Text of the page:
I know (at least I think I know) that some of the main motivating problems in the development of etale cohomology were the Weil conjectures. I'd like to know what other problems one can solve using the machinery of etale cohomology. I know a little bit about how etale cohomology groups appear in algebraic number theory but I'd like to know about ways that these things show up in other mathematical subjects as well. Is there anything that an algebraic topologist should really know about etale cohomology? What about a differential geometer?
4 Answers
$\DeclareMathOperator{\gal}{Gal}$ Here's a comment which one can make to differential geometers which at least explains what etale cohomology "does". Given an algebraic variety over the reals, say a smooth one, its complex points are a complex manifold but with a little extra structure: the complex points admit an automorphism coming from complex conjugation. Hence the singular cohomology groups inherit an induced automorphism, which is extra information that is sometimes worth carrying around. In short: the cohomology of an algebraic variety defined over the reals inherits an action of $\gal(\mathbb{C}/\mathbb{R})$.
The great thing about etale cohomology is that a number theorist can now do the same trick with algebraic varieties defined over $\mathbb{Q}$. The etale cohomology groups of this variety will have the same dimension as the singular cohomology groups (and are indeed isomorphic to them via a comparison theorem, once the coefficient ring is big enough) but the advantage is that that they inherit a structure of the amazingly rich and complicated group $\gal(\bar{\mathbb{Q}}/\mathbb{Q})$. I've often found that this comment sees off differential geometers, with the thought "well at least I sortof know the point of it now". A differential geometer probably doesn't want to study $\gal(\bar{\mathbb{Q}}/\mathbb{Q})$ though.
If I put my Langlandsphilosophy hat on though, I can see a huge motivation for etale cohomology: Langlands says that automorphic forms should give rise to representations of Galois groups, and etale cohomology is a very powerful machine for constructing representations of Galois groups, so that's why I might be interested in it even if I'm not an algebraic geometer.
Finally, I guess a much simpler motivating good reason for etale cohomology is that geometry is definitely facilitated when you have cohomology theories around. That much is clear. But if you're doing algebraic geometry over a field that isn't $\mathbb C$ or $\mathbb R$ then classical cohomology theories aren't going to cut it, and the Zariski topology is so awful that you can't use it alone to do geometryyou're going to need some help. Hence etale cohomology, which gives the right answers: e.g. a smooth projective curve over any field has a genus, and etale cohomology is a theory which assigns to it an $H^1$ of dimension $2g$ (<pedant> at least if you use $\ell$adic cohomology for $\ell$ not zero in the field <\pedant>).

2$\begingroup$ thanks such a clear answer expecially the last paraghraph $\endgroup$– gaussMar 28, 2012 at 12:49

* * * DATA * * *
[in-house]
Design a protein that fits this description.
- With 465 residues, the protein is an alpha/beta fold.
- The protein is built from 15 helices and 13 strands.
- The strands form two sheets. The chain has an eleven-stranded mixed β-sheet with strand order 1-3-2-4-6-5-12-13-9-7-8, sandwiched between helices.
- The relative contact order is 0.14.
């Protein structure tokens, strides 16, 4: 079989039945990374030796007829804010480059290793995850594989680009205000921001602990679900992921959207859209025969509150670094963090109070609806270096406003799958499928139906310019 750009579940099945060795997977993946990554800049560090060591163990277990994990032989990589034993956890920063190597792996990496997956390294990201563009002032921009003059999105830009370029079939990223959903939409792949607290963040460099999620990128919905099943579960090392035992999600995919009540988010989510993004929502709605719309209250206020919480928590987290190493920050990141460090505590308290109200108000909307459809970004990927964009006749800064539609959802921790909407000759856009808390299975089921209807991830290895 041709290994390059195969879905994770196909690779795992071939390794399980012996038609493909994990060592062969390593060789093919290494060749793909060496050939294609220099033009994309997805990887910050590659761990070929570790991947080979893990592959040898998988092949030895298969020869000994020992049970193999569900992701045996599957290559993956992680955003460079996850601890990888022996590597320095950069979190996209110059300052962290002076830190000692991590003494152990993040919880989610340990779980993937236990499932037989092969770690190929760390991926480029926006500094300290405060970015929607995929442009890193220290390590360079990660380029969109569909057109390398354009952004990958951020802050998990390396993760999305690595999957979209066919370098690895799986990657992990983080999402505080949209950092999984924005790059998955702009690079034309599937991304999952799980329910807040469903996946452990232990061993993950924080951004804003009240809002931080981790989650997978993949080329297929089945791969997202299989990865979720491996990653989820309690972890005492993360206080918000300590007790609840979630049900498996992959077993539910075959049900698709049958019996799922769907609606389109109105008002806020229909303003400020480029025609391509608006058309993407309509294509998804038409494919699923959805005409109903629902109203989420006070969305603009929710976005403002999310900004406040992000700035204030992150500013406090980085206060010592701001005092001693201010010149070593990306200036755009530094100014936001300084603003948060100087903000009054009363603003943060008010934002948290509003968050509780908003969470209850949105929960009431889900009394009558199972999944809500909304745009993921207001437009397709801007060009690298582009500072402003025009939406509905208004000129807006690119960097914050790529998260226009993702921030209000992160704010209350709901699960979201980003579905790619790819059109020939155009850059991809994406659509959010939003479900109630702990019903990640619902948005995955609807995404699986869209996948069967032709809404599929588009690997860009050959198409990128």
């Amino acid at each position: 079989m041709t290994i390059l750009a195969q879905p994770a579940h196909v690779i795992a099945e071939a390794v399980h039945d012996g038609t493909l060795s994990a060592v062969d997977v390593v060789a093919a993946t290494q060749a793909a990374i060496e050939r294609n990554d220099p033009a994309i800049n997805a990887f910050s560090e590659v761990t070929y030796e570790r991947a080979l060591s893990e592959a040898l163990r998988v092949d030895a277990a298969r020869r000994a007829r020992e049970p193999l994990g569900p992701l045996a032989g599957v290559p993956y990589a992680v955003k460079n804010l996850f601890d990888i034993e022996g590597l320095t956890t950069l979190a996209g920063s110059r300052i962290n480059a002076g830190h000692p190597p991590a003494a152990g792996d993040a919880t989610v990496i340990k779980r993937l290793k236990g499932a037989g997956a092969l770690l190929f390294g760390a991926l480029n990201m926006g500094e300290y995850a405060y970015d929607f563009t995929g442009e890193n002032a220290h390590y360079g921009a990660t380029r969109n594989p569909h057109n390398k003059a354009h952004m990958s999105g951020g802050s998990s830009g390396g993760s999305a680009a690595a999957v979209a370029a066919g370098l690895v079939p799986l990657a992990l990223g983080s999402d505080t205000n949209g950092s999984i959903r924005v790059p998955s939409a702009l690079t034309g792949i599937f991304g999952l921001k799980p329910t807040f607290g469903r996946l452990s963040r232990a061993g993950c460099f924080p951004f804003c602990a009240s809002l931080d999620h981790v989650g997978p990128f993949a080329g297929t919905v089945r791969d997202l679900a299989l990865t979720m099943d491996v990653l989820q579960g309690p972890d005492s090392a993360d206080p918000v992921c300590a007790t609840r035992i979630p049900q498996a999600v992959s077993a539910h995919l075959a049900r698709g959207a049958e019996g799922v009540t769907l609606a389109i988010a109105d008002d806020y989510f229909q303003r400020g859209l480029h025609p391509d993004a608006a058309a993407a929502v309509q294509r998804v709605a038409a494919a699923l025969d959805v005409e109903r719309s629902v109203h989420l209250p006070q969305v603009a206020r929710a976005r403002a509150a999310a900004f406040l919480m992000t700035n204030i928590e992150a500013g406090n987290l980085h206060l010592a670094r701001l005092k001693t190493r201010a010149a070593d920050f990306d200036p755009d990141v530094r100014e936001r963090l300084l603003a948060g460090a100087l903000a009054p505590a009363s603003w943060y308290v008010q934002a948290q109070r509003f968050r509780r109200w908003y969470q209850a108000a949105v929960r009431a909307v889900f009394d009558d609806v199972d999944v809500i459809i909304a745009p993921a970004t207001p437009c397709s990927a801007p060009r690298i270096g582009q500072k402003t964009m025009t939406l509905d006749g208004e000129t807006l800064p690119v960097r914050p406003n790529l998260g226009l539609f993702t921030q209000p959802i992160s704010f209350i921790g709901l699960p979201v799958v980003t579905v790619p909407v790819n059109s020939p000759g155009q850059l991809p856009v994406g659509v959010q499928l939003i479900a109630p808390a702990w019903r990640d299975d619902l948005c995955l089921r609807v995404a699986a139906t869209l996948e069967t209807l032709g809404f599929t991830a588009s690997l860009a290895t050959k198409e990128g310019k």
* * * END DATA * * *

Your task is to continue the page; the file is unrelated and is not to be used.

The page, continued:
a) Conceptually an algebraic topologist should be interested in étale cohomology, because it answers a very naïve question: given an algebraic variety over $\mathbb C$, how do I calculate algebraically its singular cohomology? The obvious answer "why, I'll just take the cohomology of the constant sheaf $\mathbb Z$ " fails in a spectacular way: if the variety is irreducible ( a reasonable assumption) the cohomology will be zero in positive degree because constant sheaves are flabby, hence acyclic. This is because the Zariski topology of an algebraic variety is too coarse and doesn't allow for the innumerable singular simplices at the algebraic topologist's disposal.Of course you might say "who cares? I'll just do it my singular way " but then what is to be done in nonzero characteristic? This is where Grothendieck's étale cohomology comes in : it allows one to compute a most reasonable cohomology for constant sheaves. And for sheaves of finite abelian groups over complex varieties, a difficult theorem ( aptly named comparison theorem) proved by Mike Artin says that étale cohomology coincides with singular cohomology.
b)You ask : "...what other problems one can solve using the machinery of etale cohomology?" Well, there is the proof ( which won him a Fields medal) by Voevodski of Milnor's conjecture on quadratic forms, which had been the preeminent open problem in quadratic form theory for 30 years. He introduced $\mathbb A^1$homotopy which opened a quite active field of research by your algebraic topology colleagues. Here is a survey article by Fabien Morel on $\mathbb A^1$ algebraic topology:
http://www.mathematik.unimuenchen.de/~morel/ICMfinal1.pdf
Finally, talking of references, an excellent and very userfriendly set of notes by Milne on étale cohomology can be freely downloaded from
This review by Bloch answers the first part of your question. Algebraic topology like Sullivan's "Geometric Topology" make use of etale cohomology and etale homotopy.

33$\begingroup$ ... and rather creepy. What's up with the private parts? $\endgroup$– S. Carnahan ♦Nov 21, 2009 at 19:20

5$\begingroup$ There is also the homophone "peak" for "peek". (Hardly the most important thing, but my inner subed wanted to cavil.) $\endgroup$ Dec 18, 2011 at 19:57
One of the annoying aspects with sheaf cohomology in algebraic geometry is that  even for curves over the complex numbers  the cohomological dimensions are not what you want them to be, if you are use to the Betti cohomology.
Etale cohomology fixes this problem by defining a cohomology from the covers of a space. This is a standard algebrotopological phenomena: e.g. the fundamental group of a space is indeed the direct limit on the deck groups of covers of the space.
I don't know if this helps any computations in algebraic topology though.